Thursday, 27 March 2008

the king is at a loss



Earlier this week I wrote about chess and check. What about checkmate? The Oxford Dictionary of English Etymology says:

Aphetic - OF. eschec mat = Pr[ovençal] escac mat, It[alian] scaccomatto, etc. - Pers. shāh māt the king is helpless; see CHECK1 and MAT2.

(MAT2 is "lustreless, dull", and I think the ODEE is saying that this word is from the same French source as the mate in checkmate.)

But the AHD says

Middle English chekmat, from Old French eschec mat, from Arabic šāh māt, the king is dead : šāh, king (from Persian shāh; see shah) + māt, died (from earlier māta, to die; see mwt in Appendix II).

So, some disagreement, then. In searching for more info, I found M.E. Moghadam's "A Note on the Etymology of the Word Checkmate" in the Journal of the American Oriental Society (no. 58, pp. 662-664, 1938, the first page is here). Moghadam argues that the Persian derivation is the correct one. He begins

Both the Webster and the Oxford dictionaries derived the word checkmate ultimately from the Arabic al-shāh māta, meaning "the king died." There are several objections to this etymology.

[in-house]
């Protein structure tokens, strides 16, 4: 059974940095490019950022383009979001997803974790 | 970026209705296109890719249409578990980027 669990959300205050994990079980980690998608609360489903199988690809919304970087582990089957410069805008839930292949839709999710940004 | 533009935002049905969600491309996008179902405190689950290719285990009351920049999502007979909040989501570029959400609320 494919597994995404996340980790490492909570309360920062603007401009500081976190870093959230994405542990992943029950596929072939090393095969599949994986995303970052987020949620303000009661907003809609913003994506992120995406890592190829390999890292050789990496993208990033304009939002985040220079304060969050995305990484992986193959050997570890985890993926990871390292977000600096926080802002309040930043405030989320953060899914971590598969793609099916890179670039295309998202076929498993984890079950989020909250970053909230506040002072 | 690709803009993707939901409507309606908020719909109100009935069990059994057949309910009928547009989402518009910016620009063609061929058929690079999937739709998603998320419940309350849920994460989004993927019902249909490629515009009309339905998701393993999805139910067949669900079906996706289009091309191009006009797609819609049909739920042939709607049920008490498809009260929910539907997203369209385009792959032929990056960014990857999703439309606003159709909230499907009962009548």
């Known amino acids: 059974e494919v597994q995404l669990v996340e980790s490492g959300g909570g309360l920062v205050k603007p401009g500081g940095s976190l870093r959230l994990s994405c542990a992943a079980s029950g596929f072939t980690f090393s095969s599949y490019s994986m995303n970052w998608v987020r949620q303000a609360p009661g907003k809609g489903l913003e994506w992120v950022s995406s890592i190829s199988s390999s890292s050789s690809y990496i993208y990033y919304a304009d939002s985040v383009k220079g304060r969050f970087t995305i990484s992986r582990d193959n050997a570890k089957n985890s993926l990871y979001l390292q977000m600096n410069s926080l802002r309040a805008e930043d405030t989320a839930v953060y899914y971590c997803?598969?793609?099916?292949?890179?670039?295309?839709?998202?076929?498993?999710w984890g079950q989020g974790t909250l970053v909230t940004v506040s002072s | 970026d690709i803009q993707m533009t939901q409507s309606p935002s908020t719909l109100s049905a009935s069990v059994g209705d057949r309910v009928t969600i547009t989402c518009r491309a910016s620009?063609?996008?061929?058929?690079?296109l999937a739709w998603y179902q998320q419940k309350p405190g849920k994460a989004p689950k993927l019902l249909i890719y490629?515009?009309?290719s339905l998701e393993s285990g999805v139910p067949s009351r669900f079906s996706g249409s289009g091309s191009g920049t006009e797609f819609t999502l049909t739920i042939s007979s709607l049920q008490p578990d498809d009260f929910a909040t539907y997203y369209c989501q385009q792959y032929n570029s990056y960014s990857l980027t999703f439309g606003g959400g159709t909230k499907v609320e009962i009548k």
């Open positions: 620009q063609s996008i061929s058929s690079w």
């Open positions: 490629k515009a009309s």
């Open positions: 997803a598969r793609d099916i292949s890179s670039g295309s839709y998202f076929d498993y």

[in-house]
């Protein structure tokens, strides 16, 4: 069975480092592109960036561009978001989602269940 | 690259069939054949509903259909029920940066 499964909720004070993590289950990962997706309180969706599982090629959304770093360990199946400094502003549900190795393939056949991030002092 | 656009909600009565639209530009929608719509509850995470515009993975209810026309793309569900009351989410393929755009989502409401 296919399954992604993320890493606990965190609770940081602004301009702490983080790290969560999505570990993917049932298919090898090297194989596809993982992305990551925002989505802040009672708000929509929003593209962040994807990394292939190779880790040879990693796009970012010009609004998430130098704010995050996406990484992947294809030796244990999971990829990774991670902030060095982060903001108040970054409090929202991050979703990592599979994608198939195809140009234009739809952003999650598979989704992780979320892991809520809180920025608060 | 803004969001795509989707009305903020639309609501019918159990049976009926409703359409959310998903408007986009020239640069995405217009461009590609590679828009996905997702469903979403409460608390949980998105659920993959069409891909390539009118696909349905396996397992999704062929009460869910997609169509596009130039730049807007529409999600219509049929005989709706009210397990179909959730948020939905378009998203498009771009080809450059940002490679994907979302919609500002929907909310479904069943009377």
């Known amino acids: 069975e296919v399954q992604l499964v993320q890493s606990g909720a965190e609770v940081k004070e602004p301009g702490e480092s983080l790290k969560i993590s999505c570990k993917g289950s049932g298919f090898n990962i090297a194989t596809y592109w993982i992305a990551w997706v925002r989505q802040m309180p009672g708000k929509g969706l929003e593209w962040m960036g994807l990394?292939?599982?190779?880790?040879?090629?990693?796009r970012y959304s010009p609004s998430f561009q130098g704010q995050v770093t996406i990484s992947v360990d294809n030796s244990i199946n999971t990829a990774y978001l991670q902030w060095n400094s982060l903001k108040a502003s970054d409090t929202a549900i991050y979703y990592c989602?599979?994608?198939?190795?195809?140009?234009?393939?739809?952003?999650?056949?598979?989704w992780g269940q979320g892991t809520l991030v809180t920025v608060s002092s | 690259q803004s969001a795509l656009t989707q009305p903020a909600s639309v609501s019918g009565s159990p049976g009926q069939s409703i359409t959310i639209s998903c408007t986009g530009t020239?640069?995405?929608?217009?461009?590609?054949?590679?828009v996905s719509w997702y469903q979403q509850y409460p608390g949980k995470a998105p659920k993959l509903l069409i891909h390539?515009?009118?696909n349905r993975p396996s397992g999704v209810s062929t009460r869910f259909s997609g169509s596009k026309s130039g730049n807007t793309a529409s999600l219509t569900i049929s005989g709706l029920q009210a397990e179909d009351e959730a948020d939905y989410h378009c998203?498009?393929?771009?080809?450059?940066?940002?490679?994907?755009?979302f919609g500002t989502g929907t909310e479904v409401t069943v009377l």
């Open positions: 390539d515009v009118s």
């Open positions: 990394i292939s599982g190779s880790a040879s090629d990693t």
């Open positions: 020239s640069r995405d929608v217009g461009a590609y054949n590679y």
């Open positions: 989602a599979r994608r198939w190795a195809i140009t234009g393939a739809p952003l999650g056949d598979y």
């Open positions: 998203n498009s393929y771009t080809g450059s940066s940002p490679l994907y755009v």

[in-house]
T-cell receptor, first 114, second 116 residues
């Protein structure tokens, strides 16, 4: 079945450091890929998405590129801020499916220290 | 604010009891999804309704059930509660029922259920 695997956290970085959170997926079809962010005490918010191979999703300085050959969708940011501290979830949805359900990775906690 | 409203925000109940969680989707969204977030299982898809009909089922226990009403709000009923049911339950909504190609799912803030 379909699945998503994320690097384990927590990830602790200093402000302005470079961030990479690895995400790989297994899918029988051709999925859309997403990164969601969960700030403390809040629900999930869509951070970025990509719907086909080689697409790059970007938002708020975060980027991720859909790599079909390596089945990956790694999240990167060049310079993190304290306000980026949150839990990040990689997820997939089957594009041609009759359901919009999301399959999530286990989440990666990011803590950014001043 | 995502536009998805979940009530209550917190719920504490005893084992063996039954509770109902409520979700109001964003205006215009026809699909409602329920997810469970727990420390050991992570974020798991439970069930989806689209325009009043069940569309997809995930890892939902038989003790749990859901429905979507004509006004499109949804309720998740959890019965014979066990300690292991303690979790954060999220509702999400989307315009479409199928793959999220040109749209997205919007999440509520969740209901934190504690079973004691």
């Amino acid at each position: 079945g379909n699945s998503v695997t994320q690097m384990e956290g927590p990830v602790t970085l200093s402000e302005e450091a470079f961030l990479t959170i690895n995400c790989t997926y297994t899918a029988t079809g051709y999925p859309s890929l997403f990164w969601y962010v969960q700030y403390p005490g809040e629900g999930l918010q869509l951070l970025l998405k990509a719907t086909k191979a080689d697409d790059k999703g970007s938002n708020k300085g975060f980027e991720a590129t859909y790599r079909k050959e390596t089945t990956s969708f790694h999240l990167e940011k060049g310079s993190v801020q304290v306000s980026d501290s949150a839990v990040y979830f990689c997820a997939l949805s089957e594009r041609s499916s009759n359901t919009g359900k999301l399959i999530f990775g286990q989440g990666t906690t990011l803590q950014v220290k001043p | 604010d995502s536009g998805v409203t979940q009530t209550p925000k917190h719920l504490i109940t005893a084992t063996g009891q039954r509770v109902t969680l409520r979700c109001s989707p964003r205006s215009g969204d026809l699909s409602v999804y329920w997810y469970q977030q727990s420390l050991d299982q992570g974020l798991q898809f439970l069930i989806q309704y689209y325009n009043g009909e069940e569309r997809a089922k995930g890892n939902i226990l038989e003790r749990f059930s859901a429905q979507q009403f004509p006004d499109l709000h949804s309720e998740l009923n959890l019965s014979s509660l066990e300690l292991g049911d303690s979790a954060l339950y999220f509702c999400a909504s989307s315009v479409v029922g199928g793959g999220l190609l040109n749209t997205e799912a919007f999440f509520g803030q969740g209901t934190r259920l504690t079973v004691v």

Interestingly this is no longer the case for either the OED or Merriam-Webster. Moghadam asserts that

Every single word connected with the game of chess in Arabic is either borrowed from the Perisan and arabicised or translated from the Persian into Arabic.

Also, "the shāh in chess is not killed and does not die."

According to Moghadam, Persian māt means

"left (without a way to escape)," or "at a loss," or "perplexed"; hence "pressed" and "defeated" [...] This use of the word māt in Persian is not confined to the game of chess, but is used on all occasions and usually means "surprised" or "at a loss."

Furthermore

That it has nothing to do with the Ar. māta is further proved by the evidence in the older Persian manuscripts about chess, where the word used for "being checkmated" (māt shodan or shāh-māt shodan) is given as dar-māndan, māndan being the root of the word māt.

and

The verb māndan "to remain" (cf. Avestan mān- in Barth. Altir. Wört. 1124) when prefixed with the prepositions dar or , and often without any prefix, means "to be perplexed," "to be at a loss," or "to be exhausted." Shāh mānd means "the king is at a loss" or "has exhausted his resources." Māt is the abbreviated form of mānd, and such abbreviated forms are not at all unusual.

I know next to nothing about Persian, but it seems that Avestan mān- is from PIE *men- "to stay" (and here). By the way, Christian Bartholomae's Altiranisches Wörterbuch is on Google Books, but page 1124 is not available for preview. mānd is not in the IEED project's Indo-Iranian inherited lexicon.

His third point is

Moreover, if the word māt in Persian is a loan word from Arabic, it must preserve some trace of its original meaning, "died." But the word in Persian is never associated with death and we should therefore look elsewhere for its etymology.

Moghadam concludes